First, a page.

The field of environmental education provides educators and practitioners with a unique opportunity to strengthen students’ experiences outdoors. Incorporating observational field studies, climate science, long-term ecological studies, and cutting-edge technology into environmental education curricula can enliven existing opportunities to foster a student’s outdoor leadership, conservation, and exploration of the natural world.

This site offers new and innovative techniques, lesson plans, studies, and research to help bolster any environmental education curriculum.

2019 Research Accelerator: Milwaukee Environmental STEM (E-STEM) Project Report Published

The Upham team ventured into the field and met with schools in Milwaukee to support science, technology, engineering, and math education outside using the environment for context. This meant using the diameter and height of a tree to practice trigonometry or examining animal artifacts and comparing them to argue from evidence about animal adaptations. Each classroom facilitation engaged students in a scientific practice and we worked with 488 students a collective 1928 times! Teachers raved about programming; each agreeing that they would recommend and want to participate in the program in the future. Learn more about our work in our 2019 report which can be found here.

Status and Needs of Environmental Education in Wisconsin 2019

In the first quarter of 2019, Upham Woods Outdoor Learning Center administered a survey to over 700 environmental education organizations around the state. By the end of the survey period, 193 people responded allowing us to gain valuable insight into the field’s progress and direction since the survey’s first iteration in 2015. We are excited to share those results with you.

A sneak peak: we found that environmental education employs over 3,000 people in the state and generates between $40 million and $72 million in direct economic activity annually. Respondents collectively manage 165,466 acres of land. If anything, this report demonstrated to us the collective impact and power this industry has to create change.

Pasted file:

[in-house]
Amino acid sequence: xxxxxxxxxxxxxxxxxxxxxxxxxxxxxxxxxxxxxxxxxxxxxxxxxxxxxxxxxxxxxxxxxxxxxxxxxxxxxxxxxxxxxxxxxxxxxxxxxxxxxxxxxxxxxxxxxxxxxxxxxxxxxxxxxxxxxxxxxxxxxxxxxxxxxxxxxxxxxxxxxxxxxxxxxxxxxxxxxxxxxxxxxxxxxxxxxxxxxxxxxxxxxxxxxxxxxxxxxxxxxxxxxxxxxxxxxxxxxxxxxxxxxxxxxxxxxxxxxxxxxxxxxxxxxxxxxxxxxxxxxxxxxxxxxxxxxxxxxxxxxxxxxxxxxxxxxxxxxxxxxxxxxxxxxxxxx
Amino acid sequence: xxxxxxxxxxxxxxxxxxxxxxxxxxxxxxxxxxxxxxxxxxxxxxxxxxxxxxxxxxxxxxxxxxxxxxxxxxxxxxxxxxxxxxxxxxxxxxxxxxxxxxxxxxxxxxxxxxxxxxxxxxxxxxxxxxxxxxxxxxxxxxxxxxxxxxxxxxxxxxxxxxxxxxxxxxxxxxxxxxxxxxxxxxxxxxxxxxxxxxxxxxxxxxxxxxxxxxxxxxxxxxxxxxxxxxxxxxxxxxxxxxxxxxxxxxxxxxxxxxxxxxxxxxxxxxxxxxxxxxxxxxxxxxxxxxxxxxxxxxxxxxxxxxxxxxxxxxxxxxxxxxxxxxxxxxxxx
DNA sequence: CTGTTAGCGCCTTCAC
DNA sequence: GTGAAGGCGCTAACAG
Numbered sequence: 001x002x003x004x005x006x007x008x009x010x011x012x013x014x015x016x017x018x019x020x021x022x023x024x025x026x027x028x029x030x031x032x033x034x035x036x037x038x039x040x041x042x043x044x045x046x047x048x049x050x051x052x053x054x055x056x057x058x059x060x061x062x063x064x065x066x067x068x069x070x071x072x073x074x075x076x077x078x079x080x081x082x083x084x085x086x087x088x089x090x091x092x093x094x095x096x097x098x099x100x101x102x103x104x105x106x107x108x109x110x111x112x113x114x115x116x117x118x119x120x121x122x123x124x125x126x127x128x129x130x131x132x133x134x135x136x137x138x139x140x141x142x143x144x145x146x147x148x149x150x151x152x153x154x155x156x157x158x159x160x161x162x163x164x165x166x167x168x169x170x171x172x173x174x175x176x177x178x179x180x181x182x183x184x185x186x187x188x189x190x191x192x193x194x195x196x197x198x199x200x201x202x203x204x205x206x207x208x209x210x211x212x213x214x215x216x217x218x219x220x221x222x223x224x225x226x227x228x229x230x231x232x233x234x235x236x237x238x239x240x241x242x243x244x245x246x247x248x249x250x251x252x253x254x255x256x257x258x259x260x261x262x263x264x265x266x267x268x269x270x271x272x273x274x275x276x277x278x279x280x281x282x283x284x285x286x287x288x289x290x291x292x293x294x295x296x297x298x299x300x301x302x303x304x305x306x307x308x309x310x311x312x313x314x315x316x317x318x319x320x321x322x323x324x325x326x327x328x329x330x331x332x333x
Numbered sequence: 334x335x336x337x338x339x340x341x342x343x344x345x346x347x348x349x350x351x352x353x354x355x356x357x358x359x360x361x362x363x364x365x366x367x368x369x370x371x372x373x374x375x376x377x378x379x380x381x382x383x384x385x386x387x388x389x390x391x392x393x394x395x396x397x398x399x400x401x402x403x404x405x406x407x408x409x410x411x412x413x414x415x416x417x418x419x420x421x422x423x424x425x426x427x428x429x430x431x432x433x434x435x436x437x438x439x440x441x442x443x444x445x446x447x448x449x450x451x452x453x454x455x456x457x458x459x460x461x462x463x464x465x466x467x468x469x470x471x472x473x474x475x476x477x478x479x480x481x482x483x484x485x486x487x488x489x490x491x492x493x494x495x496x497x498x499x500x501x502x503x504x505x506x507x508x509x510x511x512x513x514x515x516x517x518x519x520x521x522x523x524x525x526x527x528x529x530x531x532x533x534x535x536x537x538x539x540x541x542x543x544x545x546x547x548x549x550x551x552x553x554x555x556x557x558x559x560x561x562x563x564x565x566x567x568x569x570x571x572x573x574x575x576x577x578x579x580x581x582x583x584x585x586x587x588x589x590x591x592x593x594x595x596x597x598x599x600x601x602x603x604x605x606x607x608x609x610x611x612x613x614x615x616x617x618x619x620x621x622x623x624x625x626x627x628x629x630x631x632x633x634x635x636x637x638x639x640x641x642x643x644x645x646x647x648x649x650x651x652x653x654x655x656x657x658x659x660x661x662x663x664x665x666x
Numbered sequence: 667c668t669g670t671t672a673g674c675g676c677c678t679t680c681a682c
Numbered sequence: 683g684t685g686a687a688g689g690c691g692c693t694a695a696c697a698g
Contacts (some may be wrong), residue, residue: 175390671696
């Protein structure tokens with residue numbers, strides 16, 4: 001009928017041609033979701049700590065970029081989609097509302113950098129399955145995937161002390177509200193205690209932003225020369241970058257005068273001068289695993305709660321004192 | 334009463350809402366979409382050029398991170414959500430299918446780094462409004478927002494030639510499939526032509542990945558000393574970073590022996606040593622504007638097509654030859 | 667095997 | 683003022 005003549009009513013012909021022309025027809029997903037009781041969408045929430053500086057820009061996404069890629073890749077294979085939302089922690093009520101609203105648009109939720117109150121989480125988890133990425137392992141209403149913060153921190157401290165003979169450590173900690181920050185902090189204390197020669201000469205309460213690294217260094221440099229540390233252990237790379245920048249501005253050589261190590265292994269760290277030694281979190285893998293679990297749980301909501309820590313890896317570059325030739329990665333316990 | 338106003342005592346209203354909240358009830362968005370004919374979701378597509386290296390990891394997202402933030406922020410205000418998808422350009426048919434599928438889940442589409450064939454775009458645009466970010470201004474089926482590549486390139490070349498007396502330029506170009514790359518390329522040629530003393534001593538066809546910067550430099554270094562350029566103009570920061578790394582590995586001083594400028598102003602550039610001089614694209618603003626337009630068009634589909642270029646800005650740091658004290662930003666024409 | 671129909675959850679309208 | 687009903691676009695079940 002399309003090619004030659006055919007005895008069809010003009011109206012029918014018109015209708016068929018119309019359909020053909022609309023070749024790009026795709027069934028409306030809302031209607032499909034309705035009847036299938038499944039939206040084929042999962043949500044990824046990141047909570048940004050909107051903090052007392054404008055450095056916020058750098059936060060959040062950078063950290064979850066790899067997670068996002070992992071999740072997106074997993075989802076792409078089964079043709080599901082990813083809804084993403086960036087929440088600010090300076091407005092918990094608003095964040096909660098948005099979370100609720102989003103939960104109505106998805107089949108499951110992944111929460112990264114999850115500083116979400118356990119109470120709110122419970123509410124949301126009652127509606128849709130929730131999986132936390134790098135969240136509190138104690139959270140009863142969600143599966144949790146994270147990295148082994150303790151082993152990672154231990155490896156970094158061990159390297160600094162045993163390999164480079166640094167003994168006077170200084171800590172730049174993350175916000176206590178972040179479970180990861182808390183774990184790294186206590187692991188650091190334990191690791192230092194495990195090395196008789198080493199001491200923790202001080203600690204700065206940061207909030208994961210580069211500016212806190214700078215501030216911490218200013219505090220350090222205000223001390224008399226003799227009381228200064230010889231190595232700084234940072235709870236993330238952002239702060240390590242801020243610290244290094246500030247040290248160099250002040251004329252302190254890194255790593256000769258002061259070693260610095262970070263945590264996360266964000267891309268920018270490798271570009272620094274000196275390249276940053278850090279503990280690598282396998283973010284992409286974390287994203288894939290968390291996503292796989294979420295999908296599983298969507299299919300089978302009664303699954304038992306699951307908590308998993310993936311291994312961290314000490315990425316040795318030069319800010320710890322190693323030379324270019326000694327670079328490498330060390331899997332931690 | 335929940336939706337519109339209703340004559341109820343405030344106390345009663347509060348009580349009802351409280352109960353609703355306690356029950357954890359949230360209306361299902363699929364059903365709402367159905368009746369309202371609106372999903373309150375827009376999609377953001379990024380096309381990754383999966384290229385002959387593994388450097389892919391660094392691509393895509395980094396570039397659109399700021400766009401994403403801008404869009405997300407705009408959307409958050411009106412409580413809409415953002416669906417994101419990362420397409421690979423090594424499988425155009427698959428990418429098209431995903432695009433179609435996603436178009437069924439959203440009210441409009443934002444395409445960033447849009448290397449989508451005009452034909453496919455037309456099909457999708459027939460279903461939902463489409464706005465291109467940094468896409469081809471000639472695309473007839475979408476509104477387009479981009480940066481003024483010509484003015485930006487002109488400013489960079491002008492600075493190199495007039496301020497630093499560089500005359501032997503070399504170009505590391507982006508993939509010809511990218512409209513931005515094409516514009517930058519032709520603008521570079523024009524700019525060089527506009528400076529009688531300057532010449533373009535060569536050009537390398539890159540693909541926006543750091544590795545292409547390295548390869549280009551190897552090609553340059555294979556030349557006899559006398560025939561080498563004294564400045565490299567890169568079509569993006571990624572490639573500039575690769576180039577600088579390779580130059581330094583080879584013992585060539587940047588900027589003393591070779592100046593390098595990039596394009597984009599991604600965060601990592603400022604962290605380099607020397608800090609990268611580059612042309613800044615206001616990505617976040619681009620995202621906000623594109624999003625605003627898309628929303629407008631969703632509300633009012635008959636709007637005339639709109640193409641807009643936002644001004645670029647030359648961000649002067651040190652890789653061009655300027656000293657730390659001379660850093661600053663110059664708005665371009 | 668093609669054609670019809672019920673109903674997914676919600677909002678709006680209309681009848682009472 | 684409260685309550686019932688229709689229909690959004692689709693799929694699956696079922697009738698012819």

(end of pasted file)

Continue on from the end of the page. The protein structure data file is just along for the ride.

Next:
You can find the full report linked here. We hope you use the report to support your organization in data informed decision making and to better understand the field of environmental education. If you have any questions or comments about the report, please reach out to Dr. Justin Hougham at justin.hougham@wisc.edu.

 

The Upham Woods Conservation Challenge: 10k by 2020

Conservation is the application of many different sciences such as: ecology, biology, chemistry, and geology all united to use and preserve our finite resources. Upham Woods has created a Conservation Challenge to give back to the land that is so often taken for granted. We aim to put 10,000 hours of conservation service into our lands by the year 2020. We will accomplish this goal through our many conservation program opportunities for both campers and community members. Click here to learn more about the Conservation Program and the Conservation Challenge.

 

Science Strikes Back Creates a Space for All Scientists to Flourish in Milwaukee

February 6, 2019

Upham Woods, alongside Escuela Verde, hosted the third year of Science Strikes Back, a Milwaukee based community science fair. This fair encourages community members to critically analyze environmental issues and solve problems in their communities, producing a strong network for continued environmental education and natural resource stewardship. This year focused on water and the scientific process to answer learner driven research questions. This year’s theme of water was inspired and supported by Upham Woods’ participation in the Environmental Protection Agency Local Environmental Education grant number NE 00E02399.

Through this effort, 35 projects were entered ranging from testing how classroom temperatures affect student attention to understanding the physics of

grand prize winner of SSB

Bradley Tech High School student, Khari, won the grand prize at Science Strikes Back